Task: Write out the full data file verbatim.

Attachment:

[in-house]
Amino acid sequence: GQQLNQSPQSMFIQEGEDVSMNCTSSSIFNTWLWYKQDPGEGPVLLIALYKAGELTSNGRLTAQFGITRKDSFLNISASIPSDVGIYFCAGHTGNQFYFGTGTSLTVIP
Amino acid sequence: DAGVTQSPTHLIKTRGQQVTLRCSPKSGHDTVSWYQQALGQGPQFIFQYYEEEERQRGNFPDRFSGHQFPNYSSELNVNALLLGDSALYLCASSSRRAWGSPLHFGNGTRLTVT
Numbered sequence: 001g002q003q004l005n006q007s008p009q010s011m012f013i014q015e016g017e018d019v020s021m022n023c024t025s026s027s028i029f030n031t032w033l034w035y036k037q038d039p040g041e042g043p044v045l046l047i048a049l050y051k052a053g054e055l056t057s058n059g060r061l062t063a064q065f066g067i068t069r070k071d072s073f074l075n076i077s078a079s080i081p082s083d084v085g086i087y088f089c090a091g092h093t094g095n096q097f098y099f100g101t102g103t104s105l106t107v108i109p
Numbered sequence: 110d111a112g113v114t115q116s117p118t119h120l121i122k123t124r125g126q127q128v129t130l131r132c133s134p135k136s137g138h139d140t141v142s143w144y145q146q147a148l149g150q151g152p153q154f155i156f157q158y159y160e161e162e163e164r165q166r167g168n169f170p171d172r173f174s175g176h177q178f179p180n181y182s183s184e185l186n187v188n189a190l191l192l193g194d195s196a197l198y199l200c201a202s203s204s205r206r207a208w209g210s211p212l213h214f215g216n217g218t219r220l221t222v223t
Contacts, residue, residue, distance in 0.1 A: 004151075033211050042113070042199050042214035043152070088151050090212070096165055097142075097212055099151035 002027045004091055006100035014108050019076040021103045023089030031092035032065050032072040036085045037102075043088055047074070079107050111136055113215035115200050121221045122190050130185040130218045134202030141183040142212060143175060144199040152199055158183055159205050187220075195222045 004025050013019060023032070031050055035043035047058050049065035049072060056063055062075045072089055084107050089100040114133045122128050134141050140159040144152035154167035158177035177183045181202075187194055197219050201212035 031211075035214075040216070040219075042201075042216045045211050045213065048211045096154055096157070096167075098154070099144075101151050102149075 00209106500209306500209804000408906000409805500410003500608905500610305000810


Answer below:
[in-house]
Amino acid sequence: GQQLNQSPQSMFIQEGEDVSMNCTSSSIFNTWLWYKQDPGEGPVLLIALYKAGELTSNGRLTAQFGITRKDSFLNISASIPSDVGIYFCAGHTGNQFYFGTGTSLTVIP
Amino acid sequence: DAGVTQSPTHLIKTRGQQVTLRCSPKSGHDTVSWYQQALGQGPQFIFQYYEEEERQRGNFPDRFSGHQFPNYSSELNVNALLLGDSALYLCASSSRRAWGSPLHFGNGTRLTVT
Numbered sequence: 001g002q003q004l005n006q007s008p009q010s011m012f013i014q015e016g017e018d019v020s021m022n023c024t025s026s027s028i029f030n031t032w033l034w035y036k037q038d039p040g041e042g043p044v045l046l047i048a049l050y051k052a053g054e055l056t057s058n059g060r061l062t063a064q065f066g067i068t069r070k071d072s073f074l075n076i077s078a079s080i081p082s083d084v085g086i087y088f089c090a091g092h093t094g095n096q097f098y099f100g101t102g103t104s105l106t107v108i109p
Numbered sequence: 110d111a112g113v114t115q116s117p118t119h120l121i122k123t124r125g126q127q128v129t130l131r132c133s134p135k136s137g138h139d140t141v142s143w144y145q146q147a148l149g150q151g152p153q154f155i156f157q158y159y160e161e162e163e164r165q166r167g168n169f170p171d172r173f174s175g176h177q178f179p180n181y182s183s184e185l186n187v188n189a190l191l192l193g194d195s196a197l198y199l200c201a202s203s204s205r206r207a208w209g210s211p212l213h214f215g216n217g218t219r220l221t222v223t
Contacts, residue, residue, distance in 0.1 A: 004151075033211050042113070042199050042214035043152070088151050090212070096165055097142075097212055099151035 002027045004091055006100035014108050019076040021103045023089030031092035032065050032072040036085045037102075043088055047074070079107050111136055113215035115200050121221045122190050130185040130218045134202030141183040142212060143175060144199040152199055158183055159205050187220075195222045 004025050013019060023032070031050055035043035047058050049065035049072060056063055062075045072089055084107050089100040114133045122128050134141050140159040144152035154167035158177035177183045181202075187194055197219050201212035 031211075035214075040216070040219075042201075042216045045211050045213065048211045096154055096157070096167075098154070099144075101151050102149075 00209106500209306500209804000408906000409805500410003500608905500610305000810